American flag and medical symbolProposed rate hikes have thus far come in from fewer than a dozenstates, and even those may be further lowered once they'reconsidered by state insurance regulators

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Even though premiums for health care coverage under theAffordable Care Act will go up for 2020, it doesn't appear asthough they'll be those dizzying increases consumers experienced inthe past.

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Instead, according to Politico, for the second year in a rowincreases should be fairly modest—if the initial batch of insurerrates is any indication. That's in spite of Trump administrationactions that were expected to be even more disruptive to coveragethan it has been—although the move to overturn the ACA itself could stillprove to be “profound.”

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Related: CMS wants to know: How should the ACA systemchange?

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Proposed rate hikes have thus far come in from fewer than adozen states, and even those may be further lowered once they'reconsidered by state insurance regulators, according to the report,which also points out that this year's rates actually fell for thefirst time since the ACA kicked in, with benchmark plans' premiumsdropping by 1.5 percent in 39 states that rely onHealthCare.gov.

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Enrollment was fairly stable as well, onlydropping 2.6 percent nationally.

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Still, insurers have been raking it in on ACA customers, most ofwhom come with substantial subsidies. And plans that don't satisfyACA requirements aren't seeing soaring popularity in the absence ofavailability of ACA coverage.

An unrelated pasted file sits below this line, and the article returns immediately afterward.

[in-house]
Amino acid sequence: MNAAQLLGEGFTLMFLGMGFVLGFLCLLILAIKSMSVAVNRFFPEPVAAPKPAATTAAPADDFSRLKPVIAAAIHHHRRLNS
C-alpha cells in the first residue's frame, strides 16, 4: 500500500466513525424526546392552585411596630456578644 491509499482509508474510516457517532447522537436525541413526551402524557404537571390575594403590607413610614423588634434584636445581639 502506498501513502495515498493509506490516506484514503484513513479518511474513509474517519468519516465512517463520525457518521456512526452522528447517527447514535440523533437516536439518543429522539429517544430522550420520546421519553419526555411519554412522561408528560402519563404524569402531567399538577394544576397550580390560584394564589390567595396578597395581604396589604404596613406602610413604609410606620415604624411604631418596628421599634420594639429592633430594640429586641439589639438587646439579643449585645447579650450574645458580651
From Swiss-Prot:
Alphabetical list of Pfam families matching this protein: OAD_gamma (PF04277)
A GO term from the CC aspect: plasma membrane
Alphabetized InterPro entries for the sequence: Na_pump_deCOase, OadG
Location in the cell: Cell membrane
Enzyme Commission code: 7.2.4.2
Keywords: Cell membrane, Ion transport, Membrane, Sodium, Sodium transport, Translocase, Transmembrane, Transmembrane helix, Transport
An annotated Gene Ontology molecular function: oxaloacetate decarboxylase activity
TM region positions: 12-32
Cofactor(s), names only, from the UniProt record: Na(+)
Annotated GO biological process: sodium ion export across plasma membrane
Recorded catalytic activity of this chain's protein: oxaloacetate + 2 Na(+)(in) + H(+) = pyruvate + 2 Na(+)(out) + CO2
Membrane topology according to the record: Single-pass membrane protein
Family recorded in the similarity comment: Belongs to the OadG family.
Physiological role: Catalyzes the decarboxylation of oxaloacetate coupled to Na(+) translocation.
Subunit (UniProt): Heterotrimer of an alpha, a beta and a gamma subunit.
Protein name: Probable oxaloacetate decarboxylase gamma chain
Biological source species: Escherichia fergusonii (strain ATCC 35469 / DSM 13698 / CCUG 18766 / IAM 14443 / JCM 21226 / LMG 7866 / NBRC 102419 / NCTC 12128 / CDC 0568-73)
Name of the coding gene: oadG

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But it's early days yet to figure out how things will stand for2020. While lots of insurers dropped out of the marketplaces,leaving many counties throughout the country with no ACA options,eventually the gap was breached and experts expect the trend ofincreased competition to continue.

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“I would be surprised if we start hearing about bare counties,”Cynthia Cox, an insurance expert at the Kaiser Family Foundation,told Politico. “It's probably more likely that we see insurersentering the market.”

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One factor driving rates is the rising cost of care, expected to rise between 4and 8 percent in 2020. In addition, the ACA's health insurance taxends its one-year hiatus to return and is expected to increasepremiums by approximately 2 percent.

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Plan designs are being squeezed to wring every savings from themwithout sparking an outcry over cuts to providers; insurers arealso working on trying to identify how expensive customers are sothat they can maximize risk-adjusted payments.

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But the Trump administration's actions still present a threat,whether through actions like a potential ban of “silver-loading,”which boosted premium subsidies for consumers, or from its supportof the ruling in the lawsuit filed by Republican-led states tooverturn the ACA altogether. A lower-court judge ruled that theremoval of the individual mandate invalidated the entire law, andthe administration's backing of that ruling could mean that,depending on intermediate court rulings, the ACA could end upbefore the Supreme Court.

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Dave Dillon, a fellow with the Society of Actuaries who advisesseveral states on rate review, said of the possibility, “Iwould be hopeful that there would be some kind of transitionperiod” if the ACA ends up on the chopping block, adding, “Themarkets would be in an uproar.”

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Marlene Satter

Marlene Y. Satter has worked in and written about the financial industry for decades.